Use of RNAscope technology to study reproductive health and dysfunction in the rodent central nervous system
18 May 2021
In this webinar, you will hear from Dr. Lique Coolen and Dr. Aleisha Moore from Kent State University on how they have integrated powerful RNAscope in situ hybridization technology in their research to study the mechanisms underlying spinal cord injury and neuroendocrine dysfunction.
Dr. Lique Coolen will provide an overview of studies in her laboratory that examine the impact of spinal cord injury on the spinal reflex generator for sexual function in the lumbar spinal cord in male rats. Recent evidence of injury-induced changes in transcript levels of neuropeptides and identification of localization of receptors in this spinal generator using RNAscope in situ hybridization will be presented. Furthermore, pharmacological experiments towards treatment development will be introduced.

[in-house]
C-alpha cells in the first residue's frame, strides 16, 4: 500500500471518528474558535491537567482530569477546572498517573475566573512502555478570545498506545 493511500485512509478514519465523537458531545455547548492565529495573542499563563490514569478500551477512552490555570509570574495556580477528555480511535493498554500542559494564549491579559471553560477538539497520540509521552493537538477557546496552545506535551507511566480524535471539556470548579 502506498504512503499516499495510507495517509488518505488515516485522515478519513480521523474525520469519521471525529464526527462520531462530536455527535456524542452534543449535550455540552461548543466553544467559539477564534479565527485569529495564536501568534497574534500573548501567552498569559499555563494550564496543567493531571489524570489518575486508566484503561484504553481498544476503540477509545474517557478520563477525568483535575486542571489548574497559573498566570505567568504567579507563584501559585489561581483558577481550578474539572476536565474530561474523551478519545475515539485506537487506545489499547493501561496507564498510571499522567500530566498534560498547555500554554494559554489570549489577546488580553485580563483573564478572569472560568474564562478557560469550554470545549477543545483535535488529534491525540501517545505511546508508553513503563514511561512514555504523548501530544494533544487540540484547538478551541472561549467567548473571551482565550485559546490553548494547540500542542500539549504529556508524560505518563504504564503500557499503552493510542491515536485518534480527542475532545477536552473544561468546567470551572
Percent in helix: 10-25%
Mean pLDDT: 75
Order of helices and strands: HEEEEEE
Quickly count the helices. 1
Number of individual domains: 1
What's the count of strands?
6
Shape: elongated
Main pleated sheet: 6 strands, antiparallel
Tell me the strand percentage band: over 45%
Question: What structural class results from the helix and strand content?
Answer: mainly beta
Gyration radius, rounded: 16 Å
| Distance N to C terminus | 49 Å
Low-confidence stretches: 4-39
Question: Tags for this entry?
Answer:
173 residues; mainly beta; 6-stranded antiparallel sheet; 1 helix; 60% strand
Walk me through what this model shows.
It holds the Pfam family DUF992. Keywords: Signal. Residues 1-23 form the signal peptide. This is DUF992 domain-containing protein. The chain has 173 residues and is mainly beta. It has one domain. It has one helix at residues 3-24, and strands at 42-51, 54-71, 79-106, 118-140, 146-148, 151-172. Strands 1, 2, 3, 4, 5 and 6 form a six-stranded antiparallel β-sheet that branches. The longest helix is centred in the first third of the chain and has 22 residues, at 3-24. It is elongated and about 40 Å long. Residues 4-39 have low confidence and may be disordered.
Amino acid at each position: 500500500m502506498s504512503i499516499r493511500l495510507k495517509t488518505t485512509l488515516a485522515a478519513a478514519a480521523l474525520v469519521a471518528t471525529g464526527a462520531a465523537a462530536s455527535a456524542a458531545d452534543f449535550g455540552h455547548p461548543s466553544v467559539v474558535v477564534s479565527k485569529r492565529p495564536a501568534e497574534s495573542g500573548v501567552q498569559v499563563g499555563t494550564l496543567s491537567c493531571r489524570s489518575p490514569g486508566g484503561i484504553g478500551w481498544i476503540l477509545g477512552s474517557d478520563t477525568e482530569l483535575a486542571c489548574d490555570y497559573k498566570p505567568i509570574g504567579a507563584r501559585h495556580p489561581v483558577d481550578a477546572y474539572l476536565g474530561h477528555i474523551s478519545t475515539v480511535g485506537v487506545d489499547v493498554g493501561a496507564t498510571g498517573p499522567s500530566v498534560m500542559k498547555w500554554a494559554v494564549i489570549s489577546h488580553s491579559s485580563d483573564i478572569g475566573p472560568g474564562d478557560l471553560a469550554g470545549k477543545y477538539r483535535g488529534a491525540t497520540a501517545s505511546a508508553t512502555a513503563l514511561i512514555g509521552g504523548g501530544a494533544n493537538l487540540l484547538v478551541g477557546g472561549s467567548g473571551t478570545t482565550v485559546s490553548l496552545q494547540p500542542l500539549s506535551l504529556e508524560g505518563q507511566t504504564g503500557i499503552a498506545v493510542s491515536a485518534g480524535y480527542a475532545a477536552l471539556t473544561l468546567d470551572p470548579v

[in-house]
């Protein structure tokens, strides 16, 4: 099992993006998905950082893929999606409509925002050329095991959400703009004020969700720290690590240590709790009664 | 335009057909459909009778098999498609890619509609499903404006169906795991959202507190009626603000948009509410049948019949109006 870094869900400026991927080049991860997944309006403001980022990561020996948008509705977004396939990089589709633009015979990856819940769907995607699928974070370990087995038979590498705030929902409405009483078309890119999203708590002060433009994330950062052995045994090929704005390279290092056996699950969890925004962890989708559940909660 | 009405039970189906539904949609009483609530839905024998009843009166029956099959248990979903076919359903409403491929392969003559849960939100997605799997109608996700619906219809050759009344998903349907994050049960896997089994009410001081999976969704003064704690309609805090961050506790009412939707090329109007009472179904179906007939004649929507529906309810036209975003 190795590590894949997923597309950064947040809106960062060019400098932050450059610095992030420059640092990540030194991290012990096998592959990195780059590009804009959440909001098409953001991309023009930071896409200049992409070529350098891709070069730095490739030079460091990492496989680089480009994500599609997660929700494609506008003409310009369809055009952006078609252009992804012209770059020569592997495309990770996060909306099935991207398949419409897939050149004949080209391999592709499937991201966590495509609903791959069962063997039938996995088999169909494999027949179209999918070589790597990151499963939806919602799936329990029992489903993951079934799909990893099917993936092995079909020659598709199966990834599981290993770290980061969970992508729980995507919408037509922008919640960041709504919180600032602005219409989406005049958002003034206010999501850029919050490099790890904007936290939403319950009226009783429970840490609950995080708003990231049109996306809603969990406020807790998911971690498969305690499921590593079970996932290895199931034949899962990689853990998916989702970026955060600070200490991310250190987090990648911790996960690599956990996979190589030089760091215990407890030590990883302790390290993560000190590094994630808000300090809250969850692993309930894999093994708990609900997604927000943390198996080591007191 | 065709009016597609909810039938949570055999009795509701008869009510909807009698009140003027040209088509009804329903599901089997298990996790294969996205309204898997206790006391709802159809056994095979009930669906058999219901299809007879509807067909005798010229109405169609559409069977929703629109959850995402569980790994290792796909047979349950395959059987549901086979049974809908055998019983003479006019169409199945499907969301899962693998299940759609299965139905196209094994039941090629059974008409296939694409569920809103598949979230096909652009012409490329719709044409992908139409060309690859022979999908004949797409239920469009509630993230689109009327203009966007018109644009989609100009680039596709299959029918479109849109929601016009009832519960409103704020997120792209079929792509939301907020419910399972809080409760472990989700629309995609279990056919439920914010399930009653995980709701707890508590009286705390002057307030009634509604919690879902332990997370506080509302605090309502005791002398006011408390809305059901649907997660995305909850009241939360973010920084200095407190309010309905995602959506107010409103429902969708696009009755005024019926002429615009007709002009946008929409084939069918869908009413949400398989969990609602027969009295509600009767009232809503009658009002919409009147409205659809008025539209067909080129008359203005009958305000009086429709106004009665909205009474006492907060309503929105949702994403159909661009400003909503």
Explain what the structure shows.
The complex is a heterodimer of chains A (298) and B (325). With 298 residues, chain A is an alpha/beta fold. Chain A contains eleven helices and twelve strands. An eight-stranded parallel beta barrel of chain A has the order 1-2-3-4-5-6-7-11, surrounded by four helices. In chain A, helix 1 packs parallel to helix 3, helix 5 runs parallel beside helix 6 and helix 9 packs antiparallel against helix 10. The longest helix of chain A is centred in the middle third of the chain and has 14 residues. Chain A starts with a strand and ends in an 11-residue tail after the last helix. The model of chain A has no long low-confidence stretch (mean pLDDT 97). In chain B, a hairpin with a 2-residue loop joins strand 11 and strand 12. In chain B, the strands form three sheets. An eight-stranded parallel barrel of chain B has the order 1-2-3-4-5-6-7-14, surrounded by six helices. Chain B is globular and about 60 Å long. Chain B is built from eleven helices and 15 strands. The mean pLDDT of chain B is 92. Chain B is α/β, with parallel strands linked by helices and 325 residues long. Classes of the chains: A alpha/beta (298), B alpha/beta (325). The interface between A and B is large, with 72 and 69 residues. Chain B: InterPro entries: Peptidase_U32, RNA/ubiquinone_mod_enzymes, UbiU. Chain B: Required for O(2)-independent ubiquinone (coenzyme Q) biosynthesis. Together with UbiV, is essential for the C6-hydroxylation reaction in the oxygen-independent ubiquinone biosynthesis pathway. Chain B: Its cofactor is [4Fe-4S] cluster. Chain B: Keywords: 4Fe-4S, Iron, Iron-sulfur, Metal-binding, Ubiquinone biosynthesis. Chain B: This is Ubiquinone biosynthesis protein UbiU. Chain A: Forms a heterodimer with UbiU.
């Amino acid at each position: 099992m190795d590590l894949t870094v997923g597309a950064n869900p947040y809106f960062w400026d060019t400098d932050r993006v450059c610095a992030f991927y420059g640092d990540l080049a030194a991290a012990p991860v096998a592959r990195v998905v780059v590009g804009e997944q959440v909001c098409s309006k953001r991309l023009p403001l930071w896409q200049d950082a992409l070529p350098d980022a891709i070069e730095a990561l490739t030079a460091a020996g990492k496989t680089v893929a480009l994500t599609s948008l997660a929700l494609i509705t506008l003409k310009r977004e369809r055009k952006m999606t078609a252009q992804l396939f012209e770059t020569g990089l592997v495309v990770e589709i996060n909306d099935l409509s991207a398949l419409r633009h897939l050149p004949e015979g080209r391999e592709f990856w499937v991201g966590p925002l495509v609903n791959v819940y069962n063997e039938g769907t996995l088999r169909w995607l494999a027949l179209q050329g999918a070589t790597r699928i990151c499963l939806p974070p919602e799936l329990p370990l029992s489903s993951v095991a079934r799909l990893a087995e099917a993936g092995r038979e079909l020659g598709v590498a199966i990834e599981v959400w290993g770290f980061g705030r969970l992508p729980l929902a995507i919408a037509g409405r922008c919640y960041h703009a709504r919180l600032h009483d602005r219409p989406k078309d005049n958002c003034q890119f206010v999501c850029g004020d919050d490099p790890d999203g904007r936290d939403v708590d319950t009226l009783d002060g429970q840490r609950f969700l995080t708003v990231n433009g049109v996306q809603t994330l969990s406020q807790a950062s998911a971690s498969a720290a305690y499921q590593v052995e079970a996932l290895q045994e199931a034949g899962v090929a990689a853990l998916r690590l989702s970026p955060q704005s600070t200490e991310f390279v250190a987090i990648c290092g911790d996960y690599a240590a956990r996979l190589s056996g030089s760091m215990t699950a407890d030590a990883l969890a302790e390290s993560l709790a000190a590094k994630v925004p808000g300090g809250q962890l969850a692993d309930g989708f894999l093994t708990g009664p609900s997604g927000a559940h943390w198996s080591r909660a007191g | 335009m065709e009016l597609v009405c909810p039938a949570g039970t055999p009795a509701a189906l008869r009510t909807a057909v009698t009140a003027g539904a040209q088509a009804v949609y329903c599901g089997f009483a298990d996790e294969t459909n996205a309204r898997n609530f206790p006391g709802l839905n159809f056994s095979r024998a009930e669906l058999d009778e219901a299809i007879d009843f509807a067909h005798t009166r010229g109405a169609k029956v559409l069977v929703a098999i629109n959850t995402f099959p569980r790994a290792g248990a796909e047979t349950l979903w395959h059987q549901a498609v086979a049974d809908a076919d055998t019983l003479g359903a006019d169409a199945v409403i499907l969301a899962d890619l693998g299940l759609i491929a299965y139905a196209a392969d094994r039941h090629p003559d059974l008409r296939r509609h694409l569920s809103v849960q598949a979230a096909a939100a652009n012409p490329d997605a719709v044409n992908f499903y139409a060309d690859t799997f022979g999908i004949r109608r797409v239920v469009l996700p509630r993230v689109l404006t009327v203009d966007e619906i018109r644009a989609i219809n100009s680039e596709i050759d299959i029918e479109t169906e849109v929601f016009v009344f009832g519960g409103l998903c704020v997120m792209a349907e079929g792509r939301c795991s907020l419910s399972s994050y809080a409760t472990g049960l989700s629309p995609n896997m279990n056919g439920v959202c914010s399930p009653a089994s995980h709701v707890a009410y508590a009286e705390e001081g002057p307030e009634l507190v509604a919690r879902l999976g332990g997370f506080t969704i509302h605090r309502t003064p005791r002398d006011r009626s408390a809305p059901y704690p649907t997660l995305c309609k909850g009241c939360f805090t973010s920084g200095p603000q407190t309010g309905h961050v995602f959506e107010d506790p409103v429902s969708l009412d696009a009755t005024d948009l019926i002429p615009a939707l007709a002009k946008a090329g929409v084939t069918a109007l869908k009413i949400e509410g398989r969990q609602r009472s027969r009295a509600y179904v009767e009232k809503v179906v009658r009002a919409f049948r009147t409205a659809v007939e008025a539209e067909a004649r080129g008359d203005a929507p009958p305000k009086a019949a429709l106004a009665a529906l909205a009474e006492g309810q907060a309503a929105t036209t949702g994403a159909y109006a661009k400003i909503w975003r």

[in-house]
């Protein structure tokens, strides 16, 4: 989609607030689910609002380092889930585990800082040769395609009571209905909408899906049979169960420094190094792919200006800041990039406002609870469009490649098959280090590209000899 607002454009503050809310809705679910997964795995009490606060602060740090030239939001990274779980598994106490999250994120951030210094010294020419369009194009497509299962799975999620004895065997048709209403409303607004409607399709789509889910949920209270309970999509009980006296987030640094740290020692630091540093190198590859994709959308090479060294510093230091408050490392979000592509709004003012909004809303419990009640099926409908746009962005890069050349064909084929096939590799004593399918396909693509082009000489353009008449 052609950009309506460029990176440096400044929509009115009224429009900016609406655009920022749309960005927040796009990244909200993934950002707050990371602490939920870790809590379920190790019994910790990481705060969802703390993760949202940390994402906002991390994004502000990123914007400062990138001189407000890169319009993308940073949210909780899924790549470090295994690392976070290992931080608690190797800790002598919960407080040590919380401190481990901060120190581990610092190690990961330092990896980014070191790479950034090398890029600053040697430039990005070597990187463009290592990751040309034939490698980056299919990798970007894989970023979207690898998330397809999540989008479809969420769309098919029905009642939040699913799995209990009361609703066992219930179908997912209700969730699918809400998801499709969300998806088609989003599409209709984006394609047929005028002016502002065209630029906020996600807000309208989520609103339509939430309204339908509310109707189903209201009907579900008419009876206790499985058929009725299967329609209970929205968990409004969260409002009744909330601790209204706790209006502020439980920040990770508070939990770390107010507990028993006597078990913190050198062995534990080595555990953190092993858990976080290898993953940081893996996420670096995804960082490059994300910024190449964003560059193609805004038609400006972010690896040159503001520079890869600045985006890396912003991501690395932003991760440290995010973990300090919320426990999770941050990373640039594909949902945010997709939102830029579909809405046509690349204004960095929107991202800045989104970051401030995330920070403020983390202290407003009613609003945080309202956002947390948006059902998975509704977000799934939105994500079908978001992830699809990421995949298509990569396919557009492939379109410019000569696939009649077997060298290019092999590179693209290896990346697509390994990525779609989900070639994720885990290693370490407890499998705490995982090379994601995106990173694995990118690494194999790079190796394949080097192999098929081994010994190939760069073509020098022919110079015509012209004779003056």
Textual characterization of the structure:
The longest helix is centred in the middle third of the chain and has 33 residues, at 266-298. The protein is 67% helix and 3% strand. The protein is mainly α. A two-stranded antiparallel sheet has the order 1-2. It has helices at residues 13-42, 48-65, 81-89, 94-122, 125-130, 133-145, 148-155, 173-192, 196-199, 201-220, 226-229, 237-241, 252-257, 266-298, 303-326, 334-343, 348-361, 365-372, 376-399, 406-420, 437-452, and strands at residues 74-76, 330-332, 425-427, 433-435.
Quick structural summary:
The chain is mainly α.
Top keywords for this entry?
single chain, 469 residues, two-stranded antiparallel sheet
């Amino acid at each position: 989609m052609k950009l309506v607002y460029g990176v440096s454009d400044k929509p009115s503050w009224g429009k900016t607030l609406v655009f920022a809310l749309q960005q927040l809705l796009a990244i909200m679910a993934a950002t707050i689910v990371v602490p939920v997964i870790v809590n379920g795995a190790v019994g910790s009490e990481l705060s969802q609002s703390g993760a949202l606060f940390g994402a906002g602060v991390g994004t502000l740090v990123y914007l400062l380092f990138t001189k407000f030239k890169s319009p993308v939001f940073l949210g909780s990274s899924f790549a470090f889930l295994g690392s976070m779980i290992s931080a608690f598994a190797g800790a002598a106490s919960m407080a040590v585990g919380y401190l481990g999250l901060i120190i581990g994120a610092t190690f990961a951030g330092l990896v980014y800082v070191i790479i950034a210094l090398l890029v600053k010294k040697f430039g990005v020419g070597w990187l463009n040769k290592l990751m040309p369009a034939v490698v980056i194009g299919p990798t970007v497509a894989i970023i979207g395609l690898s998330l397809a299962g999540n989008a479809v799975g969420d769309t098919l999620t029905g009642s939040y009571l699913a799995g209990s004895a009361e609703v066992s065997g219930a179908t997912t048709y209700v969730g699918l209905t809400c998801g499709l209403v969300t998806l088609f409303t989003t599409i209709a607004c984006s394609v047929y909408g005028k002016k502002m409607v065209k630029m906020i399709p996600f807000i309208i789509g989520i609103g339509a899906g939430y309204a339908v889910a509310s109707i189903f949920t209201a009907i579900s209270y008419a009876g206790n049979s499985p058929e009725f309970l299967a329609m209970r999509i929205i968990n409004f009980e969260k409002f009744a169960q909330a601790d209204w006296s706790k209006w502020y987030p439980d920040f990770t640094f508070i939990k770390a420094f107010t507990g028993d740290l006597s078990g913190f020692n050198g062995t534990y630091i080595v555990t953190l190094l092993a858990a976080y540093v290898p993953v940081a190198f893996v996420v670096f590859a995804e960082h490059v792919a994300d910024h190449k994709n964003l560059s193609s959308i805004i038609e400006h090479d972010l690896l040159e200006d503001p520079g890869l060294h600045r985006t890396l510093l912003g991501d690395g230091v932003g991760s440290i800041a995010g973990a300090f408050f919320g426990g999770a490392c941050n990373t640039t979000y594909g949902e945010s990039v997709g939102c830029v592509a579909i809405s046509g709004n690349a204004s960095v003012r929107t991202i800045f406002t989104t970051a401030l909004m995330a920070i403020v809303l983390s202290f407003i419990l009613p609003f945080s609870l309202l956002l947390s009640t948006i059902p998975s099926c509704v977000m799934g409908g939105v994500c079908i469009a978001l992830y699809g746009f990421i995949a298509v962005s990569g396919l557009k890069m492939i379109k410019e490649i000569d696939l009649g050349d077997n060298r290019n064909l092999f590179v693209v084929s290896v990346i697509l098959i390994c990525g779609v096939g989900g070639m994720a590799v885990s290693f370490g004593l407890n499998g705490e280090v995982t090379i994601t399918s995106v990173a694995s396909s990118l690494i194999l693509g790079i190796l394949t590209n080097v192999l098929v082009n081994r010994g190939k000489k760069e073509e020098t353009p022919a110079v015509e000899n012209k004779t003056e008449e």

Dr. Aleisha Moore will present work in her laboratory identifying changes in neuronal circuits controlling fertility that may lead to polycystic ovarian syndrome, the most common cause of infertility in women worldwide. In her talk, Dr. Moore will focus on how she used RNAscope HiPlex technology in a mouse model of PCOS to evaluate changes in gene expression patterns within complicated and heterogenous hypothalamic neuronal circuits that may underlie the pathogenesis of PCOS.
Key learning objectives in Dr. Coolens talk:
- Learn about impacts of spinal cord injury on urogenital function.
- Become familiar with the use of RNAscope to identify G-protein coupled receptors in spinal cord.
Key learning objectives in Dr. Moore’s talk:
- Learn about the neuroendocrine pathogenesis of PCOS.
- Learn about the current use of RNAscope HiPlex technology to study hypothalamic cell populations.
- Become familiar with Cellprofiler software for automated analysis of RNAscope HiPlex data.
Certificate of attendance
All webinar participants can request a certificate of attendance, including a learning outcomes summary for continuing education purposes.
Advanced Cell Diagnostics